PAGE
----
Now, look: I'm all for superhero movies that take the light-fantasy route over the dourly "gritty". That's why the first film was so diverting: it carried us away from the heaving solemnity on display elsewhere in the DC universe. Yet the lightness of WW84 soon becomes indistinguishable from weightless nonsense that connects with very little else around it; it's a movie fashioned from isolated thought bubbles attached to vast clouds of cash. Once Steve is "revived", he steals off with one of the Smithsonian's planes, and pilots it through Fourth of July fireworks. Wiig takes her revenge on a man who's been harassing her before turning into a big cat, for some reason. (Apparently very little of that $200m was spent on feline make-up.) Pascal, meanwhile, is setting off for the Middle East, clutching some magical stone that is now standard operating nonsense for movies such as this. If this were committed nonsense, you'd merrily go along for the ride, but too much of WW84's connective tissue is made up of what-ifs, script notes and incomplete drafts, and I found myself falling through those gaps clutching questions big enough to bring even a blockbuster down. Wouldn't it have been more satisfying to have one full-strength baddie, rather than these two half-measures? And wouldn't it be better if WW84 gave its heroine something more urgent to do than fool around with a guy who isn't even the guy she thinks he is? (At the very least: shouldn't WW84 pay a few scenes' lip service to the plight of a minor character who's found Gal Gadot leaping on him under the impression that he's really Chris Pine?) Suddenly, you realise why there's so much running around whenever the film goes into runaround mode: everyone has so much further to travel to make the connections a more logical superhero movie could take in its stride. Gadot has never appeared so athletic - Jenkins looks at her with an understandable mix of admiration and astonishment - but then she has to be, as the film she's vaulting through seems hellbent on employing Diana Prince as an on-the-spot script editor, to lasso and lend coherence to a flyaway ragbag of ideas. That's why WW84 briefly soars again with Diana's late ascent into the stratosphere: it's practically the only moment in this absurdly cluttered, oddly mismanaged follow-up that the dame gets to herself.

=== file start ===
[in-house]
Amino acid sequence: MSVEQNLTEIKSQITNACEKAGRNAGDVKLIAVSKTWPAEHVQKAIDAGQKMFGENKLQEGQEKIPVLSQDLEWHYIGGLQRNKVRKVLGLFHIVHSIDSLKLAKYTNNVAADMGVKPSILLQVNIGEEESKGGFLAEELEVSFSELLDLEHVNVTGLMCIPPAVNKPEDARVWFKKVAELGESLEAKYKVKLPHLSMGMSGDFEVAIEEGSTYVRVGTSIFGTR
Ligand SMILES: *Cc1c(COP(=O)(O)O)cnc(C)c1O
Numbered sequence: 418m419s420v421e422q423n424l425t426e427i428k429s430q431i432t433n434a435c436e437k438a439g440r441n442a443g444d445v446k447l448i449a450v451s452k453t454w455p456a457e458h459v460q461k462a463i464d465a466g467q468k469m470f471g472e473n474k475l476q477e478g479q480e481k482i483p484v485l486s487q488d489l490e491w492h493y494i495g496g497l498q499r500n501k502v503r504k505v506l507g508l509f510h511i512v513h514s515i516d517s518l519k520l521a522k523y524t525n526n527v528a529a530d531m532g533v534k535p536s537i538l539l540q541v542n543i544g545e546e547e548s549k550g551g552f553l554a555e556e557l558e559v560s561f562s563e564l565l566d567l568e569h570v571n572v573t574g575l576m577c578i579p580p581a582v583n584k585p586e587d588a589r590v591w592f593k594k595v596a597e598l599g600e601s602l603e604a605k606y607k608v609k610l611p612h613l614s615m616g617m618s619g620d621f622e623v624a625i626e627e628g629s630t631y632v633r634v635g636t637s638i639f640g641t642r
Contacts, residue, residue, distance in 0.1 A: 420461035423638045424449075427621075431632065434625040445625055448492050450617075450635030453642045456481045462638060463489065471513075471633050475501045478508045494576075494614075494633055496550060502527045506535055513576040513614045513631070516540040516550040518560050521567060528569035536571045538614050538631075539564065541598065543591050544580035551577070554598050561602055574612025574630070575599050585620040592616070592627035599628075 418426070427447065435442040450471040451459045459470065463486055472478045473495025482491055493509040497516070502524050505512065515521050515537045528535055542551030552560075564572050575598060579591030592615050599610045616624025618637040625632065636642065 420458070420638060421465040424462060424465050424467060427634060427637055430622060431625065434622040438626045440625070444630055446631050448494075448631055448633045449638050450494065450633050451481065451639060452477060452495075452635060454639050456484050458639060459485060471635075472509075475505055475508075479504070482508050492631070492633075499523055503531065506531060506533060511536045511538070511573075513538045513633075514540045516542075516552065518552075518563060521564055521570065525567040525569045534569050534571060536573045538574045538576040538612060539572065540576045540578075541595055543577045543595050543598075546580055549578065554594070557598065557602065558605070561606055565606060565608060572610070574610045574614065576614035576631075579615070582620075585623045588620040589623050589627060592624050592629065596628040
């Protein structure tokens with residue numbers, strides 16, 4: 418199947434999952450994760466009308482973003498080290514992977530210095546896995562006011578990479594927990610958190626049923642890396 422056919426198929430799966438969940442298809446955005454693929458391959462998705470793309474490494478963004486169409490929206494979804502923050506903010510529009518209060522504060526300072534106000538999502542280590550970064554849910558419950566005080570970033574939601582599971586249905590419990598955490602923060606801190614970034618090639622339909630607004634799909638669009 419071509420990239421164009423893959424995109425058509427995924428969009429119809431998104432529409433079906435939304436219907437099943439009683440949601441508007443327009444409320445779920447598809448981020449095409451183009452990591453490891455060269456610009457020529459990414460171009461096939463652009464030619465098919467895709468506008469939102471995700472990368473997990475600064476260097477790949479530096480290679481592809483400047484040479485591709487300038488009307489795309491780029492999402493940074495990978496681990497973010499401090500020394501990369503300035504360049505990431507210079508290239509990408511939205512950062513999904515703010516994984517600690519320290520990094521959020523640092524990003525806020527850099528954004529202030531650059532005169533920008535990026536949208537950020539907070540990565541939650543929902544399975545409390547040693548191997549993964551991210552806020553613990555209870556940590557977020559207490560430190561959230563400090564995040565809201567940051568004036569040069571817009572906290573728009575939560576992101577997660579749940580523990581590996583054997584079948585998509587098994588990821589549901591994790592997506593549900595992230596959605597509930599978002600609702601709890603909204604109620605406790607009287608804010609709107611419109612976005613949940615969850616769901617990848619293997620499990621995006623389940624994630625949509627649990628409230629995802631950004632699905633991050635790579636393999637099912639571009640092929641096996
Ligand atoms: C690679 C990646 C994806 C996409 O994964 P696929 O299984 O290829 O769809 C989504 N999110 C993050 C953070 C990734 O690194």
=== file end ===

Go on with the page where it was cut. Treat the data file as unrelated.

WW84 is now playing in selected cinemas; it will be available to rent from January 13, 2021.